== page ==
Understand your customer’s buying style and how to adapt your style to theirs. A sales specific application of DiSC that enables sales staff to examine themselves and customers.
Everything DiSC Work of Leaders
  • Learning one’s leadership style
  • Gain strategies for adapting to others
  • Build skills useful to any leader
  • Increase self awareness
Apply your DiSC style to key leader behaviors. Learn your approach to vision, alignment, and execution. Tangible application suggestions and realistic feedback.
DiSC Classic 2.0(paper format)
  • Learning basics of the DiSC concepts
  • Process during workshop – no pre-work
  • Traditional “classic pattern” application
The classic “DiSC” report with broad application to any audience. Learn your own style and the 15 classic patterns.
DiSC Classic 2.0(electronic format)
  • Learning basics of the DiSC concepts
  • Learner can view results online immediately after completing survey
  • Traditional “classic pattern” application
Same as above but completed online instead of on paper.

Kaye Sullivan is an authorized partner of Wiley/Inscape Publishing providing training workshops and DiSC assessments. Read more at www.ptcteam.com.

Using DiSC to Manage Family Relationships Over The Holidays

The end of the year is nearly upon us which means back to back holiday events with multiple opportunities to find yourself at odds with your relatives.  Just in case you don’t always see eye to eye, here are some survival tips to keep you smiling through the holiday with your loved ones.

Family at ThanksgivingStep back from your identity as a sister or uncle or cousin and view each person’s communication style objectively.  Don’t judge or let historical events cloud your perspective. Nearly everyone has a predominant personality style. If you can identify your relatives’ type, you will gain some insight about relating to them effectively.  (Read more about the DiSC Personality Types)

The “D” Dominant types are fast paced, get ‘er done now people. Their holidays are packed with events so expect to cook, dine, watch sports, shop, recreate, and keep moving quickly. D’s also like to be in control, so you may feel like they are ordering you around or making decisions for everyone.  Expect a packed agenda of holiday events.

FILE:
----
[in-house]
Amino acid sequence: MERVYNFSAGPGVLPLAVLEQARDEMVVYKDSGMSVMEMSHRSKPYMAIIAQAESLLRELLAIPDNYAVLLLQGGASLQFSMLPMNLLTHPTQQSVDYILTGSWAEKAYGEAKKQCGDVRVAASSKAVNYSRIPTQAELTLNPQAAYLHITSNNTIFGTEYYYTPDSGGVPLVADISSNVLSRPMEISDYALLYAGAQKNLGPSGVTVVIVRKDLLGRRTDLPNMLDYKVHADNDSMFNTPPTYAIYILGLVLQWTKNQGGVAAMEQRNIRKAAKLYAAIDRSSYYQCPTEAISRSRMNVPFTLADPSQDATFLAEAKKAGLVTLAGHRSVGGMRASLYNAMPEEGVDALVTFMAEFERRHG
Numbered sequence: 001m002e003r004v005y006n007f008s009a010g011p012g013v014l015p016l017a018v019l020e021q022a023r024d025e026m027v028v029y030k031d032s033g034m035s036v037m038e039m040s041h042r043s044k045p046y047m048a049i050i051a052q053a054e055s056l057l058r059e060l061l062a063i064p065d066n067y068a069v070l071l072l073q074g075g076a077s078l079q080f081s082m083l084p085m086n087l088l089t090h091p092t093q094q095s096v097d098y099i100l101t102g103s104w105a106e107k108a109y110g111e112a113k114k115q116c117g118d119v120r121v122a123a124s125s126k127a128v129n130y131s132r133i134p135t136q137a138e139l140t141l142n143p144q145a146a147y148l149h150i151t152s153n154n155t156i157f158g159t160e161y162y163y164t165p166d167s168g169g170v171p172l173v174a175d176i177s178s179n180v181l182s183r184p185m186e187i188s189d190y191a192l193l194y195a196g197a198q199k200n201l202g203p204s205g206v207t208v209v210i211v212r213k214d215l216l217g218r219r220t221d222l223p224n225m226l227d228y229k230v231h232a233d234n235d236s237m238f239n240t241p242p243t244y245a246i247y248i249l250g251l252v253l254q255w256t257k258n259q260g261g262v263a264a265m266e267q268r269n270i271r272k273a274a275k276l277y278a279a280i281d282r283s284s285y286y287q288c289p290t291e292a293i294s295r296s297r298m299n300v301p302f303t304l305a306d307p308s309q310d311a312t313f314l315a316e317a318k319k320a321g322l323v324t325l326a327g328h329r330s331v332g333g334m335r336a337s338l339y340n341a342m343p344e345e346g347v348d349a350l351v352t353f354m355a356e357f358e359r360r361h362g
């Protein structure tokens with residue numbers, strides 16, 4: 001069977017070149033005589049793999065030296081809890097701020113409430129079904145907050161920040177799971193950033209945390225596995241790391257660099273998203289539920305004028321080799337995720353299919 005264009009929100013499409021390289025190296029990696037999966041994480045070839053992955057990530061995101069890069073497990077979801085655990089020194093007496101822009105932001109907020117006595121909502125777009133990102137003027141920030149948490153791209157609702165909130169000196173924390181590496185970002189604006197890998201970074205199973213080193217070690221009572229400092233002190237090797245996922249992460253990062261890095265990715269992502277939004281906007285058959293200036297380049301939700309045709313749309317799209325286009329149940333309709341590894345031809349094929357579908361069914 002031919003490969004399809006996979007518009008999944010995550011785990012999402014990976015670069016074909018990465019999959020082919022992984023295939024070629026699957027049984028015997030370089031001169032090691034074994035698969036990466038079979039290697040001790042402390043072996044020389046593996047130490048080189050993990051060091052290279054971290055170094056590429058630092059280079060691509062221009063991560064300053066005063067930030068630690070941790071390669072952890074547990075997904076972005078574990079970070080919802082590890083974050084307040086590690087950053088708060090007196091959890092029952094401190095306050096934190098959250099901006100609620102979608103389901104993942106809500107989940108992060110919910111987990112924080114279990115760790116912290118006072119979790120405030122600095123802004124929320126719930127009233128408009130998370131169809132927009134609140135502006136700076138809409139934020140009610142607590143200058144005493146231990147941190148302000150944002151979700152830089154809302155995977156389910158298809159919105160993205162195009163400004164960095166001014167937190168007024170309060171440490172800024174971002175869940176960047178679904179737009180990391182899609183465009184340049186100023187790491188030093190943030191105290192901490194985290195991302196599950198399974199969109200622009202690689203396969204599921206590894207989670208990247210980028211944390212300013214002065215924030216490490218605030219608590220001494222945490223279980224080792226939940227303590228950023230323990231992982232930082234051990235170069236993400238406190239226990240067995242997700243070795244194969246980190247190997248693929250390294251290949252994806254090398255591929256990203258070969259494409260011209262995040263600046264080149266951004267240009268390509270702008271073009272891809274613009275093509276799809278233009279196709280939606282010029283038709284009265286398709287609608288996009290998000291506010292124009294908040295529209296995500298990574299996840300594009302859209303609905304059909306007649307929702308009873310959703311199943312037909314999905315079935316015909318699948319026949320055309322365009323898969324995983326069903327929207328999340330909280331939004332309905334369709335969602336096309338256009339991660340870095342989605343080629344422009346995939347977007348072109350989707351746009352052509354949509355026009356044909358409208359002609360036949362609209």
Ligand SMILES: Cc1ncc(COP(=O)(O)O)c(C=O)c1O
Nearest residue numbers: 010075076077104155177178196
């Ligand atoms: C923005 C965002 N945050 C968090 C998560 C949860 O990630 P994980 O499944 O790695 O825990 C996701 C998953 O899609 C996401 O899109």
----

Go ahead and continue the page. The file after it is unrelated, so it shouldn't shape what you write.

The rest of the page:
The “I” Influence types are emotional and spontaneous. Their holiday events may be created on the fly and they don’t mind changing plans last-minute. I’s thrive on relationships so the holidays fulfill their need for frequent socializing.  They may obsess about their attire or picking the best venue or selecting the right gift. Expect their schedule to change frequently.

The “S” Steadiness types like their routines and traditions. These folks enjoy the same holiday menu with the same group in the same setting, year after year. They are very good at comforting others, providing a predictable holiday events, and genuinely giving to others.  Expect the S’s to resist any change in holiday traditions and feel hurt if their feelings are not considered.

The “C” Conscientious types like order and attention to details. These folks will be inquiring far ahead about your holiday plans, the food you will bring, and the exact time dinner will be served. They are masters at the details which assures a family won’t  run out of milk when stores are closed. Expect to follow recipes exactly, set the table correctly, and show up at the appointed time.

So, what can you do? Well, your strategies may change a bit depending on which personality you are. Certainly, you are one of these types too so keep in mind your own preferences and habits. Here are some suggestions for everyone.

Communicating with the Dominance Types